Good Tuesday morning.
Situational awareness: 463 migrant parents may have been deported without kids from whom they were separated when they entered the U.S. illegally, according to a joint court filing on Monday by the federal government and the ACLU. (Reuters)
Democrats' chances of winning the House are rising, thanks to a rapidly expanding number of GOP-held seats in play, Axios' Alexi McCammond reports:
David Wasserman of the Cook Political Report recently moved 11 races toward Democrats, and tells us he sees a “blue wave” on Election Day, driven by suburban professionals.
Why it matters: The broad trend lines are bad for Republicans.
Be smart: Republicans count on the strong economy, and could be helped by a lack of excitement among millennials and Hispanics.
Illustration: Rebecca Zisser / Axios
Experts argue Facebook could do a number of things to reduce fake news, but almost every option could hit its bottom line or would challenge CEO Mark Zuckerberg’s long-term vision for the company, Axios' Sara Fischer reports:
The most drastic changes Facebook could make to its policies include:
Some experts suggest more realistic options:
1. Ramp up its enforcement regime: Facebook has committed to hiring 20,000 moderators by the end of the year to help monitor content for fake news and misinformation. Many critics argue 20,000 people could not realistically monitor the billions of photos, posts, and videos uploaded to the platform daily.
2. Draw tighter lines around what's considered harmful content.
3. Lower the threshold of removal. Facebook won’t publicly say how many pieces of nefarious content a Page or person needs to post before being removed, out of fear that it could lead bad actors to abuse the system.
4. Use stricter authentication of users: Currently, Facebook requires that users must be over the age of 13, and it requires users to use their “everyday names” and valid email accounts to set up a profile. It also requires advertisers to have further credentials, like mailing addresses.
5. Remove more financial incentives for spreading fake news.
6. More clearly show when content comes from an established brand: Facebook has made minor adjustments, like adding news brands logos to stories.
7. Separate news from social media.
The big picture: Critics and the media are beginning to take a slightly more empathetic view towards Facebook's tricky position.
The bottom line: Facebook may not be able to do much more than it has already tried, unless it makes a drastic change to its business and long-term vision.
"Organizations that monitor the health of democracies are converging around a similar idea: On average, the world is becoming less democratic for the first time in several decades," Bloomberg's Lauren Leatherby and Mira Rojanasakul report:
"In contrast to military coups or violent revolutions in the 20th century or the foreign invasions that toppled democracies ahead of World War II, most countries that are now experiencing a democratic decline have elected leaders."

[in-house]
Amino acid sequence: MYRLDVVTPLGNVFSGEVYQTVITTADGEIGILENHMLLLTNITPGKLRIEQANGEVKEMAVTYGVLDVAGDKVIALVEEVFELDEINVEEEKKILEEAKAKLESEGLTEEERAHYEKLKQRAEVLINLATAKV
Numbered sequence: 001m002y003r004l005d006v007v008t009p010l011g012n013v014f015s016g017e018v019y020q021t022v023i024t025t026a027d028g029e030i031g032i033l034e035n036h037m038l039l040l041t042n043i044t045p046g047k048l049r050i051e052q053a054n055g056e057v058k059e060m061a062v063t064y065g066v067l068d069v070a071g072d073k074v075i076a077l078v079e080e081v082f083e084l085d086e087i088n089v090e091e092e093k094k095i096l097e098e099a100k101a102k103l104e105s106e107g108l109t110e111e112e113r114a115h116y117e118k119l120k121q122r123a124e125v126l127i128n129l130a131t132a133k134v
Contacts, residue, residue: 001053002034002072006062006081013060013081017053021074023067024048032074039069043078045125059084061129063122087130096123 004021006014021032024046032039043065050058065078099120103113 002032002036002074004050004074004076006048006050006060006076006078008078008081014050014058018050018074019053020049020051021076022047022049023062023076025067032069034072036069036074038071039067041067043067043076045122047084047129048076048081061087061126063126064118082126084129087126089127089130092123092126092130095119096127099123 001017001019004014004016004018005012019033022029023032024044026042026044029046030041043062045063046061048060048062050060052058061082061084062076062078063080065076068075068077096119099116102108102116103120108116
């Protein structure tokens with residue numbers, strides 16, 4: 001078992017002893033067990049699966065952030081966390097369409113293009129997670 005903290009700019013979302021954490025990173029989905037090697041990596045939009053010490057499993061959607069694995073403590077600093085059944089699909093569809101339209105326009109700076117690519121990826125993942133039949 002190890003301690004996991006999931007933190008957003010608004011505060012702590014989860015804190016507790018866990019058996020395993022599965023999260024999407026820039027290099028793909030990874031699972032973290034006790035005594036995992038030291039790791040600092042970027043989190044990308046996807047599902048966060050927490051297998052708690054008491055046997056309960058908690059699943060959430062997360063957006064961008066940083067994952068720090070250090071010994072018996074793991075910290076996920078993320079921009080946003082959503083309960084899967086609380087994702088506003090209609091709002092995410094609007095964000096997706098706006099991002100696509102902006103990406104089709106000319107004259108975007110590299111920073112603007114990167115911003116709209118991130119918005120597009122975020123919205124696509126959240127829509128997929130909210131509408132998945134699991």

A 7-year-old girl who lost her beloved stuffed lion, Kitty, on a hike in the Oregon backcountry was reunited with the toy over the weekend after a community effort to find her, AP reports.
"President Trump is considering revoking the security clearances of at least half a dozen well-known former national security officials, ... in an extraordinary expression of his desire to punish increasingly vocal critics from past administrations," per the L.A. Times' Chris Megerian and Eli Stokols:
Why it matters, per WashPost: "The move immediately prompted accusations of political retaliation by current and former officials, as well as security analysts, who said Trump would set a dangerous precedent by punishing political speech."
President Trump's all-caps war threat against Iran President Hassan Rouhani is a way for Trump to look like a tough guy at a time when that's being questioned because of his handling of Vladimir Putin.
But it also builds a Trump comfort zone with Republican lawmakers, who remain publicly supportive of him while privately expressing frustration with his handling of a host of issues.
Sen. Lindsey Graham (R-S.C.) — an on-again, off-again critic of Trump — is off-again because of the administration's Iran offensive, especially a tough speech by Secretary of State Mike Pompeo.
Graham told me in the green room before his appearance that he plans to introduce a resolution of support for the Iranian people that he believes will draw support from almost all Republican lawmakers, plus many Democrats: "This is a moment in history."
The nomination of Brett Kavanaugh throws the future of Roe v. Wade into uncertainty, and Axios' Kerrie Villa looks ahead to the possible fallout:
Nevada State Assembly (Lance Iversen/AP)
"Nevadans could soon make history by electing the nation’s first female-majority state legislature," the Reno Gazette Journal reports:
The N.Y. Times says that while Nevada has the best chance at being the first state with a majority-female legislature, "at least eight more have a shot at reaching or surpassing the 50 percent mark in November":
"Home sales have now declined on an annual basis in five of the first six months this year, a worrying trend since housing is considered a crucial indicator of overall economic health," per The Wall Street Journal's Laura Kusisto and Sharon Nunn (subscription):
"Chick-fil-A will become the first quick service restaurant to offer full meal kits next month as a trial at its Atlanta outlets helps the chain decide whether to roll out the cook-at-home offering nationwide," USA Today's Paul Davidson reports:
"Economists Can’t Write Economically, Driving Demand for Brevity"— Wall Street Journal A-hed by Ben Leubsdorf (subscription):
And this screen is 86 words. Enjoy your saved time.
Thanks for reading. Updates all day — and tonight on Georgia's GOP governor's runoff — on Axios.com.